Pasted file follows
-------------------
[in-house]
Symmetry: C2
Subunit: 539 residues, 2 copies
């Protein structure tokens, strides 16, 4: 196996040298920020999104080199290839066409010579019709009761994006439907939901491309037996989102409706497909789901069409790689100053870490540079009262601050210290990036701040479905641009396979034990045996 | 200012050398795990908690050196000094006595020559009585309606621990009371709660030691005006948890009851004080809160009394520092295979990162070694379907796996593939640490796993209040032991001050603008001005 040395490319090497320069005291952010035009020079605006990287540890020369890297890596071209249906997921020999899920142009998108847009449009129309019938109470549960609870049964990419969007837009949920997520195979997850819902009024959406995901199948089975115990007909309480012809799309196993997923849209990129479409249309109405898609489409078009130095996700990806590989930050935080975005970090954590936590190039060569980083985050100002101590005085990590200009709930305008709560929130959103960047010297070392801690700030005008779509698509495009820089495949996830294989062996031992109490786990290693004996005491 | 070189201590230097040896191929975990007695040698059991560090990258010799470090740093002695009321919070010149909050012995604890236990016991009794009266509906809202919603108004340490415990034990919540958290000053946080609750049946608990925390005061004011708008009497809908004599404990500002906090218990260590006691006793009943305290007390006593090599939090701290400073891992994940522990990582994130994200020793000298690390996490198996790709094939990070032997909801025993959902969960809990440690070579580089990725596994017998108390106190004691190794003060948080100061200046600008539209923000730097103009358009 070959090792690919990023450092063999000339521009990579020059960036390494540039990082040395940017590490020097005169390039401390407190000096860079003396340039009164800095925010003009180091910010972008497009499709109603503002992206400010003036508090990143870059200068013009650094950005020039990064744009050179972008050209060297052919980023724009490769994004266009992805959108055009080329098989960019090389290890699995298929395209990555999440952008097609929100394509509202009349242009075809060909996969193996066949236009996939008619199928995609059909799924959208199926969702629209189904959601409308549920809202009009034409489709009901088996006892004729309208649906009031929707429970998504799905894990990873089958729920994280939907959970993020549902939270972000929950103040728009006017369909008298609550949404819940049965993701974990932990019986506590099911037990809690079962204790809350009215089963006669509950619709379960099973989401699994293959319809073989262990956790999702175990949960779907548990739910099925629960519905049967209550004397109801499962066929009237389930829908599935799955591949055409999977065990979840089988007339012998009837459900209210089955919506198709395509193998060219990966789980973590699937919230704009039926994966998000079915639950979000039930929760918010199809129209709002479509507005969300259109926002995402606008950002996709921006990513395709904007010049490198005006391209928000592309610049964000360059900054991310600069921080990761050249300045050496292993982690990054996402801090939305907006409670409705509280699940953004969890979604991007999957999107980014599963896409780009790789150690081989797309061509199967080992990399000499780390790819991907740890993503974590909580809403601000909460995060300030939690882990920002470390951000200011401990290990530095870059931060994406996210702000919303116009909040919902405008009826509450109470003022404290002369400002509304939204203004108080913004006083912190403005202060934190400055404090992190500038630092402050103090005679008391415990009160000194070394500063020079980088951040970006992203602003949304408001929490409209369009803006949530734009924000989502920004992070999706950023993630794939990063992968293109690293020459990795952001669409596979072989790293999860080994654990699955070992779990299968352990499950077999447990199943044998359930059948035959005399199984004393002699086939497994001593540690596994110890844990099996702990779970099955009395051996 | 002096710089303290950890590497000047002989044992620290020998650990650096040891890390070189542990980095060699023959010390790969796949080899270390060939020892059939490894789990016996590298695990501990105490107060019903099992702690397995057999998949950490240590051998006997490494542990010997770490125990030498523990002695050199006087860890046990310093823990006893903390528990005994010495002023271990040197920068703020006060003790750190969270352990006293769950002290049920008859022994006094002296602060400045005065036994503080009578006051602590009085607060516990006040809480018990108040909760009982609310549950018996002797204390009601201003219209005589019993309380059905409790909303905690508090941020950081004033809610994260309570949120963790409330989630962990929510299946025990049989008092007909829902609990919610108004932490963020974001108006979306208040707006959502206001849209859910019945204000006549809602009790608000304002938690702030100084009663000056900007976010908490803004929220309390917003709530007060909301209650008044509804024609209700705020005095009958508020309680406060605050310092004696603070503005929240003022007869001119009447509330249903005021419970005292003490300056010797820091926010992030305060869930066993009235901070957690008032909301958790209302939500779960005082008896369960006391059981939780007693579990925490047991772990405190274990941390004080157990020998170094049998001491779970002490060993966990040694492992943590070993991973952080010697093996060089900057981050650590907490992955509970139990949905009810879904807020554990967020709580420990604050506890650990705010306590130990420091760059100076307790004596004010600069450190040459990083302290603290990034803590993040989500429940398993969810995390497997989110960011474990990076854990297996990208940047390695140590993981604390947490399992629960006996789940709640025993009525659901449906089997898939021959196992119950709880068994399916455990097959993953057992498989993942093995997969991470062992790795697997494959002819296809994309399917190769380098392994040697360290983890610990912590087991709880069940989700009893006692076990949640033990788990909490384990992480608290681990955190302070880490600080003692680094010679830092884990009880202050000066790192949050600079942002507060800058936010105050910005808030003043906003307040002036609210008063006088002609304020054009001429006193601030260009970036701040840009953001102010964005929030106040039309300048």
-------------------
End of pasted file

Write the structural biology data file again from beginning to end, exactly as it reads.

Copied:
[in-house]
Symmetry: C2
Subunit: 539 residues, 2 copies
């Protein structure tokens, strides 16, 4: 196996040298920020999104080199290839066409010579019709009761994006439907939901491309037996989102409706497909789901069409790689100053870490540079009262601050210290990036701040479905641009396979034990045996 | 200012050398795990908690050196000094006595020559009585309606621990009371709660030691005006948890009851004080809160009394520092295979990162070694379907796996593939640490796993209040032991001050603008001005 040395490319090497320069005291952010035009020079605006990287540890020369890297890596071209249906997921020999899920142009998108847009449009129309019938109470549960609870049964990419969007837009949920997520195979997850819902009024959406995901199948089975115990007909309480012809799309196993997923849209990129479409249309109405898609489409078009130095996700990806590989930050935080975005970090954590936590190039060569980083985050100002101590005085990590200009709930305008709560929130959103960047010297070392801690700030005008779509698509495009820089495949996830294989062996031992109490786990290693004996005491 | 070189201590230097040896191929975990007695040698059991560090990258010799470090740093002695009321919070010149909050012995604890236990016991009794009266509906809202919603108004340490415990034990919540958290000053946080609750049946608990925390005061004011708008009497809908004599404990500002906090218990260590006691006793009943305290007390006593090599939090701290400073891992994940522990990582994130994200020793000298690390996490198996790709094939990070032997909801025993959902969960809990440690070579580089990725596994017998108390106190004691190794003060948080100061200046600008539209923000730097103009358009 070959090792690919990023450092063999000339521009990579020059960036390494540039990082040395940017590490020097005169390039401390407190000096860079003396340039009164800095925010003009180091910010972008497009499709109603503002992206400010003036508090990143870059200068013009650094950005020039990064744009050179972008050209060297052919980023724009490769994004266009992805959108055009080329098989960019090389290890699995298929395209990555999440952008097609929100394509509202009349242009075809060909996969193996066949236009996939008619199928995609059909799924959208199926969702629209189904959601409308549920809202009009034409489709009901088996006892004729309208649906009031929707429970998504799905894990990873089958729920994280939907959970993020549902939270972000929950103040728009006017369909008298609550949404819940049965993701974990932990019986506590099911037990809690079962204790809350009215089963006669509950619709379960099973989401699994293959319809073989262990956790999702175990949960779907548990739910099925629960519905049967209550004397109801499962066929009237389930829908599935799955591949055409999977065990979840089988007339012998009837459900209210089955919506198709395509193998060219990966789980973590699937919230704009039926994966998000079915639950979000039930929760918010199809129209709002479509507005969300259109926002995402606008950002996709921006990513395709904007010049490198005006391209928000592309610049964000360059900054991310600069921080990761050249300045050496292993982690990054996402801090939305907006409670409705509280699940953004969890979604991007999957999107980014599963896409780009790789150690081989797309061509199967080992990399000499780390790819991907740890993503974590909580809403601000909460995060300030939690882990920002470390951000200011401990290990530095870059931060994406996210702000919303116009909040919902405008009826509450109470003022404290002369400002509304939204203004108080913004006083912190403005202060934190400055404090992190500038630092402050103090005679008391415990009160000194070394500063020079980088951040970006992203602003949304408001929490409209369009803006949530734009924000989502920004992070999706950023993630794939990063992968293109690293020459990795952001669409596979072989790293999860080994654990699955070992779990299968352990499950077999447990199943044998359930059948035959005399199984004393002699086939497994001593540690596994110890844990099996702990779970099955009395051996 | 002096710089303290950890590497000047002989044992620290020998650990650096040891890390070189542990980095060699023959010390790969796949080899270390060939020892059939490894789990016996590298695990501990105490107060019903099992702690397995057999998949950490240590051998006997490494542990010997770490125990030498523990002695050199006087860890046990310093823990006893903390528990005994010495002023271990040197920068703020006060003790750190969270352990006293769950002290049920008859022994006094002296602060400045005065036994503080009578006051602590009085607060516990006040809480018990108040909760009982609310549950018996002797204390009601201003219209005589019993309380059905409790909303905690508090941020950081004033809610994260309570949120963790409330989630962990929510299946025990049989008092007909829902609990919610108004932490963020974001108006979306208040707006959502206001849209859910019945204000006549809602009790608000304002938690702030100084009663000056900007976010908490803004929220309390917003709530007060909301209650008044509804024609209700705020005095009958508020309680406060605050310092004696603070503005929240003022007869001119009447509330249903005021419970005292003490300056010797820091926010992030305060869930066993009235901070957690008032909301958790209302939500779960005082008896369960006391059981939780007693579990925490047991772990405190274990941390004080157990020998170094049998001491779970002490060993966990040694492992943590070993991973952080010697093996060089900057981050650590907490992955509970139990949905009810879904807020554990967020709580420990604050506890650990705010306590130990420091760059100076307790004596004010600069450190040459990083302290603290990034803590993040989500429940398993969810995390497997989110960011474990990076854990297996990208940047390695140590993981604390947490399992629960006996789940709640025993009525659901449906089997898939021959196992119950709880068994399916455990097959993953057992498989993942093995997969991470062992790795697997494959002819296809994309399917190769380098392994040697360290983890610990912590087991709880069940989700009893006692076990949640033990788990909490384990992480608290681990955190302070880490600080003692680094010679830092884990009880202050000066790192949050600079942002507060800058936010105050910005808030003043906003307040002036609210008063006088002609304020054009001429006193601030260009970036701040840009953001102010964005929030106040039309300048």